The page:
The general assembly is grappling with a bill intended to tax and regulate short-term rental companies, such as Airbnb, in a manner similar to that of traditional hotels and bed and breakfasts.
This bill is but one of many that lawmakers across the nation are considering that challenge whether old regulations can be imposed on businesses within the burgeoning sharing economy or whether new approaches are necessary.
The Baltimore Sun reports:
As state lawmakers debate how to regulate short-term rentals, the mismatched portraits underscore one of the challenges that regulators face: how to make the old tools, long used to regulate traditional enterprises, fit new business models.
Maryland lawmakers have passed bills in recent years to clarify rules for online travel sites and the rideshare app Uber. They’re looking at Airbnb and a more aggressive online sales tax collection this year. The state’s Office of Food Protection is looking into questions around new meal and food delivery services. Federal authorities are studying online lending.
Airbnb, like Uber and other firms in the so-called sharing economy, is powered by a shifting crowd of independent contractors, such as the people who testified last week. They use online platforms to connect to consumers — in the case of Airbnb, travelers looking for accommodations — and the corporation takes a piece of any transaction.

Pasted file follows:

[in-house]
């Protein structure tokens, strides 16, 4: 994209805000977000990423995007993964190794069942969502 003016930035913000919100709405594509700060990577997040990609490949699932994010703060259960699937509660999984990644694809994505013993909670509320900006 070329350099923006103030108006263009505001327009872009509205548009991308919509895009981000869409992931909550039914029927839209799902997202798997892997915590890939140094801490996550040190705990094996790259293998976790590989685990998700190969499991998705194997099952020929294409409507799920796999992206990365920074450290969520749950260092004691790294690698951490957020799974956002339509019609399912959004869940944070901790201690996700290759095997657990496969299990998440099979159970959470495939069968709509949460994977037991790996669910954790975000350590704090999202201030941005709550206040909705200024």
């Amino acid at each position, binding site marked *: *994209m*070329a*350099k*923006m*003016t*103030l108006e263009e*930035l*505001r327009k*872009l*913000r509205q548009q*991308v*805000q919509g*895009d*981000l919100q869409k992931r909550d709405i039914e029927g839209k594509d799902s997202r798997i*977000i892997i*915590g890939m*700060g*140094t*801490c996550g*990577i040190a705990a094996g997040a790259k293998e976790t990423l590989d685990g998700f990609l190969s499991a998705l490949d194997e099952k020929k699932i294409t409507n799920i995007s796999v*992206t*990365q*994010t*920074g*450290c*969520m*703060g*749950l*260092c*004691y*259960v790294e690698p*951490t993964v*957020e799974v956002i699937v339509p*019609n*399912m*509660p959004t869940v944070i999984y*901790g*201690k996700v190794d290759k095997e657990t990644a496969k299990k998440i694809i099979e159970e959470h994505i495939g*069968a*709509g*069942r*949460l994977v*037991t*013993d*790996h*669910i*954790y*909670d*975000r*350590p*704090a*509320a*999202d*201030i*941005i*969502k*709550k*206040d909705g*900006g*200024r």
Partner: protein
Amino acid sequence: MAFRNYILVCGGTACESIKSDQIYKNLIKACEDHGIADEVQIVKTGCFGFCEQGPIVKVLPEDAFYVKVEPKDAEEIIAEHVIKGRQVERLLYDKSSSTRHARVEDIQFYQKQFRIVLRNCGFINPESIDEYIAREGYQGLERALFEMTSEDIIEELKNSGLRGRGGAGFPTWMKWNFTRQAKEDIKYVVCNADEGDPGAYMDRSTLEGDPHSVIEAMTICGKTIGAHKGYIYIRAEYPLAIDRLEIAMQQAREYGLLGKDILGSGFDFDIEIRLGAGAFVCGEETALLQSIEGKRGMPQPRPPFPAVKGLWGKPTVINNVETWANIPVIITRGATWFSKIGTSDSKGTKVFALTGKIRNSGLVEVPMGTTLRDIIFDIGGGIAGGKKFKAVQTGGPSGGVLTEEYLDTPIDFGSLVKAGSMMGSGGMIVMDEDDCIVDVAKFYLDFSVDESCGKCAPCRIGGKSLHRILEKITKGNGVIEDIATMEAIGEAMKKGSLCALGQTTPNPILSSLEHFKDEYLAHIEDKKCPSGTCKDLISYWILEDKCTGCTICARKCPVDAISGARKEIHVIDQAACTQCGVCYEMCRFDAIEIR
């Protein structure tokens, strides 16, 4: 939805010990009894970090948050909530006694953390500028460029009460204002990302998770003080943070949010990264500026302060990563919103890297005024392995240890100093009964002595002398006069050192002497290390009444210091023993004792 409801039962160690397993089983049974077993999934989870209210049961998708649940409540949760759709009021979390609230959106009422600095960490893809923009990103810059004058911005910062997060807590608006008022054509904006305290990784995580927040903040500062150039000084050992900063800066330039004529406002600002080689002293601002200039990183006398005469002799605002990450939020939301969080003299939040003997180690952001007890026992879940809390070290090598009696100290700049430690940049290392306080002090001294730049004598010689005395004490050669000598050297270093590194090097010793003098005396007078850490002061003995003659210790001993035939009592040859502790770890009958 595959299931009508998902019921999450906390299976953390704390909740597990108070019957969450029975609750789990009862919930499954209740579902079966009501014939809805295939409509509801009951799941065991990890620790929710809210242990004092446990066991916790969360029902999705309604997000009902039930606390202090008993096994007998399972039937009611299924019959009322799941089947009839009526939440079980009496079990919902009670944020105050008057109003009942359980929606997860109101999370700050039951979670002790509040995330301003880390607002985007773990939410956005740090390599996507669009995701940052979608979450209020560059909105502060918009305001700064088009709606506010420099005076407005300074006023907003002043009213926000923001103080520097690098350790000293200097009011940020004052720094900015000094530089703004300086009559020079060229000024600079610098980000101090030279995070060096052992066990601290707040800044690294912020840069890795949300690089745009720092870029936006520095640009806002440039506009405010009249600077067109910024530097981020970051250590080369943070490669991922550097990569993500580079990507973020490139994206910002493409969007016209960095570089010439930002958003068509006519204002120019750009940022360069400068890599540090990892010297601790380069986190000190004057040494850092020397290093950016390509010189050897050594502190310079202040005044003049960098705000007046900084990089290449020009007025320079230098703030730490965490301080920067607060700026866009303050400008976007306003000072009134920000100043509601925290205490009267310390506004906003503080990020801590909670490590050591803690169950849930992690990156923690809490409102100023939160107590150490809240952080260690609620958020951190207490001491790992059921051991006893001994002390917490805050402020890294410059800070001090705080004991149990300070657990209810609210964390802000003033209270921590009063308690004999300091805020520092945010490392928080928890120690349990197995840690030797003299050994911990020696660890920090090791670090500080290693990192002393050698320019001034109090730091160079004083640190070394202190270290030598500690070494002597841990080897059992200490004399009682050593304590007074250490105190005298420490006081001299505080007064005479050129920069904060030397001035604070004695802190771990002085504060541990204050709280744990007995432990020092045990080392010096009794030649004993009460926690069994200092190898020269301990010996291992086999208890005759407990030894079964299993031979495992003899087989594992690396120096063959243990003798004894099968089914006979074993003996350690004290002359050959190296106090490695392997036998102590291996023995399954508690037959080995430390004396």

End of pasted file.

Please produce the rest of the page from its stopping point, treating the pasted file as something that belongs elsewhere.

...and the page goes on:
Michael Sanderson, the executive director of the Maryland Association of Counties, sees the back-and-forth over Airbnb in the tradition of wrangling over corporate regulations to keep up with technology.
But he said the dynamics of Uber and Airbnb — which have not been shy about mobilizing users to their side — have changed the flavor of debates.
Earlier changes were “sort of corporate versus corporate,” he said. “A lot of this is individual- and small-business- and citizen-driven.”
MACo supported the bill in question, SB 463, with amendments. Counties support reasonable regulation of short-term rentals in the interest of protecting the safety and welfare of their communities. However, they also wish to ensure that any regulatory scheme is developed without unintended consequences that may undermine the benefits and prevent the industry from continuing to thrive.
For more information read the full article in The Baltimore Sun.